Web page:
Research & Faculty
Cornell Engineering’s leadership in research is evident through its current roster of world-class faculty and researchers, as well as its many centers and facilities.
Are you, or your company/business, foundation, or non-profit agency interested in exploring a project or research with the College of Engineering? The Office of Corporate and Foundation Relations can help bridge connections. Below is a link to a form that will assist our office in determining how to best serve your project or research goals and connect you to the right faculty and staff members to support your partnership objectives.
Did you know?
In 1971, Prof. Don Greenberg produced, an early sophisticated computer graphics movie, Cornell in Perspective, using the General Electric Visual Simulation Laboratory with the assistance of its director, Quill and Dagger classmate Rodney S. Rougelot. An internationally recognized pioneer in computer graphics, Greenberg has authored hundreds of articles and served as a teacher and mentor to many prominent computer graphic artists and animators, including 5 former students who have won Academy Awards.
Walter Lynn, a distinguished professor at Cornell for most of his academic career, was particularly interested in water quality. He was at the forefront of environmental studies and coined the term "sustainability."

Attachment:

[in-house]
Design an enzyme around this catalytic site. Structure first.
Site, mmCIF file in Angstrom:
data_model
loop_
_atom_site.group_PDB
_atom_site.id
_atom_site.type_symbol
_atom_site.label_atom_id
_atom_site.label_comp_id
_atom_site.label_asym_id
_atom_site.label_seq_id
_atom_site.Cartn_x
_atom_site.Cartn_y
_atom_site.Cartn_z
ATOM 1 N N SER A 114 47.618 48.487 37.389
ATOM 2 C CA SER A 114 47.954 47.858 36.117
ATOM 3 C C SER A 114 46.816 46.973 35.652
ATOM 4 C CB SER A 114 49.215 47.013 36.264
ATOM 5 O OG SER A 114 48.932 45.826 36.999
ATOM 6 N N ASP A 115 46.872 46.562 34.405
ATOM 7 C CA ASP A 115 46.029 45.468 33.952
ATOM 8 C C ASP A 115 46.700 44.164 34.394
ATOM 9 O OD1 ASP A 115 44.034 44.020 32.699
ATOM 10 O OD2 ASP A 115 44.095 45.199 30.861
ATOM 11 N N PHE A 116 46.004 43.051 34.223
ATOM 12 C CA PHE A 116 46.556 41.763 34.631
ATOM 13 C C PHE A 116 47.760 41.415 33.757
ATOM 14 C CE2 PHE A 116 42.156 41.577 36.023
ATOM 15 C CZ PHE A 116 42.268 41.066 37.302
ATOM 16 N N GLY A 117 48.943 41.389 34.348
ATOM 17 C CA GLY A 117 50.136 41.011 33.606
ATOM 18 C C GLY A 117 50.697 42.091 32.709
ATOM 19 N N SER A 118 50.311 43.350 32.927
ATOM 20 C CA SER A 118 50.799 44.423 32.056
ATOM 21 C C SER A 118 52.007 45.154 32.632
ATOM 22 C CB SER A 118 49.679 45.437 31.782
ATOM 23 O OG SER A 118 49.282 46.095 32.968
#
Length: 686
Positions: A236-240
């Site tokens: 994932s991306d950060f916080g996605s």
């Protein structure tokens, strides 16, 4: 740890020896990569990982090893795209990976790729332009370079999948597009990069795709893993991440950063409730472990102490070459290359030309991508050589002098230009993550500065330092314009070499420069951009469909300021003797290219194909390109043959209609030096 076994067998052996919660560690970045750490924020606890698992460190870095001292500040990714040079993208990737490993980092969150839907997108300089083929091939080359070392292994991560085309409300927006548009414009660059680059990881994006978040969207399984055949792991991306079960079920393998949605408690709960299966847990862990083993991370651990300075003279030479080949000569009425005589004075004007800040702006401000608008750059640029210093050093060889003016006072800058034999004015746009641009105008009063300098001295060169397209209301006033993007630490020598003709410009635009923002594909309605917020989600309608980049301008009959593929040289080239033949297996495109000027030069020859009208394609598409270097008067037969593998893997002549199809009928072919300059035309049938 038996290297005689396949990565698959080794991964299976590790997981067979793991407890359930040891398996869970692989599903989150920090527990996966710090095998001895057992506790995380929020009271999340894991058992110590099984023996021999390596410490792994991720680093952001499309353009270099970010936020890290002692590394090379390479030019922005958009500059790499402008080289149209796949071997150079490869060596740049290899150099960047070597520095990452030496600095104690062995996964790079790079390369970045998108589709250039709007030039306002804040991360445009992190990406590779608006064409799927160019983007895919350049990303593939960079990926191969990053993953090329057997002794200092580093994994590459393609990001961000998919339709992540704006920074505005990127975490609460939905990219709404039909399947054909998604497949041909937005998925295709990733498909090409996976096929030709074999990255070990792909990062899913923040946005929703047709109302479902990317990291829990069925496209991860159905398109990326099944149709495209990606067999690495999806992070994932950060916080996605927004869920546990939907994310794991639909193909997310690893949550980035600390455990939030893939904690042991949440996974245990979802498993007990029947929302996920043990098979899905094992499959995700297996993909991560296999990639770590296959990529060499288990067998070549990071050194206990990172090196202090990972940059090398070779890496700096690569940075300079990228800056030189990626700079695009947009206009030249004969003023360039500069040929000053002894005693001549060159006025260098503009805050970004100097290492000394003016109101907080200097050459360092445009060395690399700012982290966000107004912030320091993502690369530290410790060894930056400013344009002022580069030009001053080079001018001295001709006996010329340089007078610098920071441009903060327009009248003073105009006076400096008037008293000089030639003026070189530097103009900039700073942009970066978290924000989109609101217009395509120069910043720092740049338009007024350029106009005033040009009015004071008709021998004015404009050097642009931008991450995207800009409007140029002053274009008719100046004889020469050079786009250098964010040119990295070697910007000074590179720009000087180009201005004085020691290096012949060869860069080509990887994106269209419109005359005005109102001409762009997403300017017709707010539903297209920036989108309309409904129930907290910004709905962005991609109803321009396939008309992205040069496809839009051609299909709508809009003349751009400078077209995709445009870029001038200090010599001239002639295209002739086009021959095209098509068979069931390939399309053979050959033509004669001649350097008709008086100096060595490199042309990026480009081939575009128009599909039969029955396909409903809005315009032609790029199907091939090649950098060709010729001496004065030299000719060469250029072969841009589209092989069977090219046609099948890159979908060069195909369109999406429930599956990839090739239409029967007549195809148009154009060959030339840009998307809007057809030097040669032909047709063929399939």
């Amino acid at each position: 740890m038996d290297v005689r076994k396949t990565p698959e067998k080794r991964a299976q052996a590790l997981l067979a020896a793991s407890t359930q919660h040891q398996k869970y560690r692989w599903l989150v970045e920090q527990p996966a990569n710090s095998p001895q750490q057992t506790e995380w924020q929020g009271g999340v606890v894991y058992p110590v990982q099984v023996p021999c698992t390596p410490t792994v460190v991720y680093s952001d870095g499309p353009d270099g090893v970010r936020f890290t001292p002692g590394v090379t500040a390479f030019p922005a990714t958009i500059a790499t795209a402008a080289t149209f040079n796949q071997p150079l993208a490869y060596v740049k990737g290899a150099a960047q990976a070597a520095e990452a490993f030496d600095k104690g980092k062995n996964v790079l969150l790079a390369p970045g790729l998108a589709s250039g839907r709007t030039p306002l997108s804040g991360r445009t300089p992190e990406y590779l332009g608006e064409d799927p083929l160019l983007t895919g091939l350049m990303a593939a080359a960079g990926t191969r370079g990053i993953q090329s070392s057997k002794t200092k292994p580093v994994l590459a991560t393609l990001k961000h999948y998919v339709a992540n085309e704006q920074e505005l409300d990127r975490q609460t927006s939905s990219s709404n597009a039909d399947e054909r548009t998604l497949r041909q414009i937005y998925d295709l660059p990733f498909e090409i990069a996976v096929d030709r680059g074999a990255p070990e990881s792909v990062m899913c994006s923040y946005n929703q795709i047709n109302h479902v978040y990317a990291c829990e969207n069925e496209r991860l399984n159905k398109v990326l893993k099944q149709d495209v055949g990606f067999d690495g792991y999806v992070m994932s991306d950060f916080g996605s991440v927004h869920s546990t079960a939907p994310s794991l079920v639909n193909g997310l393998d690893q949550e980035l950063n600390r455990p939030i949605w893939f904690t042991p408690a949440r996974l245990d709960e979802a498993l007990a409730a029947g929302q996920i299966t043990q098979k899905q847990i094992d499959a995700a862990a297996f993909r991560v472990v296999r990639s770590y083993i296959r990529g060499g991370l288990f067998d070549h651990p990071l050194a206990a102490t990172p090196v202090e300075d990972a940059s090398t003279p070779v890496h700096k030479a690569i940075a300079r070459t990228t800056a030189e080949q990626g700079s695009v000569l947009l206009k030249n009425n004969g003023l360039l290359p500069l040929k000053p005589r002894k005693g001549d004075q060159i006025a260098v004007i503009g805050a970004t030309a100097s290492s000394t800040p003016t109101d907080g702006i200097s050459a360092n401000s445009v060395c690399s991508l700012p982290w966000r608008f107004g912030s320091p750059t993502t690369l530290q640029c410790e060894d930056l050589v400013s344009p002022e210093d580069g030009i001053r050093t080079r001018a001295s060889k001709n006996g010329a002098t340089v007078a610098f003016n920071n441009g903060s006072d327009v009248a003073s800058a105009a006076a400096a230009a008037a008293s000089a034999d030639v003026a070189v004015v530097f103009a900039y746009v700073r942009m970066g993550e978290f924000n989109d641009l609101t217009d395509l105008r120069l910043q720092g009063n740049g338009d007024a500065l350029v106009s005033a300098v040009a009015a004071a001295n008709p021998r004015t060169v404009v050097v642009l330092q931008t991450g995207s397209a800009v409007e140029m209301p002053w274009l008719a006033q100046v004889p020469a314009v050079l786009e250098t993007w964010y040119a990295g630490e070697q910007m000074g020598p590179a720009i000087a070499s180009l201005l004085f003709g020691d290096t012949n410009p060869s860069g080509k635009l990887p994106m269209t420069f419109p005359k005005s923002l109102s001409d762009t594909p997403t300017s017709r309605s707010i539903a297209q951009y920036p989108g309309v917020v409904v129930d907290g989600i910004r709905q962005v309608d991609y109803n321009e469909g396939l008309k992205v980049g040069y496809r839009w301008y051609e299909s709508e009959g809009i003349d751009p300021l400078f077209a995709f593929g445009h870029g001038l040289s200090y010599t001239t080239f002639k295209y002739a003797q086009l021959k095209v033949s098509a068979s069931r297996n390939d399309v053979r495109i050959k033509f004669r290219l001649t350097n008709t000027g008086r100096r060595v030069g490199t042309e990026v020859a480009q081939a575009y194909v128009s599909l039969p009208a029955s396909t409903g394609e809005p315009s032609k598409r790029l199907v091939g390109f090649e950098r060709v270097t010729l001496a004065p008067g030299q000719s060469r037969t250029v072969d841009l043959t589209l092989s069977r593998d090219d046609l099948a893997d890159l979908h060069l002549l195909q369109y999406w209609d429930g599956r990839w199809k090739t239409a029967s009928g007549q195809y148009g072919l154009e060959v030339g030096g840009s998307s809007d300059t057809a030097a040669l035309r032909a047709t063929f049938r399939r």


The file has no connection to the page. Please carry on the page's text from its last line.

Professor Christine Shoemaker initiated and led the United National Environment Program/Scientific Committee on Problems of the Environment. The group focuses on groundwater contamination in development. She was also one of the first women engineering department chairs at an American university.
In 1962, Lester Ford and faculty member, Ray Fulkerson, published Flows in Networks, a groundbreaking treatise culminating a decade-long research initiative that developed the algorithmic foundations for analyzing the capacity of networks to supply services. These algorithmic insights continue to be the driver of methods in use today.
The world’s first Ph.D. in Industrial Engineering awarded by Cornell in 1933 to Ralph M. Barnes, (M.S., 1924). During his career, he received numerous awards in the field. Building on the work of his predecessors, he has given a huge boost to method and time study and continued to build on the classic Gilbreth technique and philosophy and proclaimed that time study and micro-motions study were evidently different analysis techniques.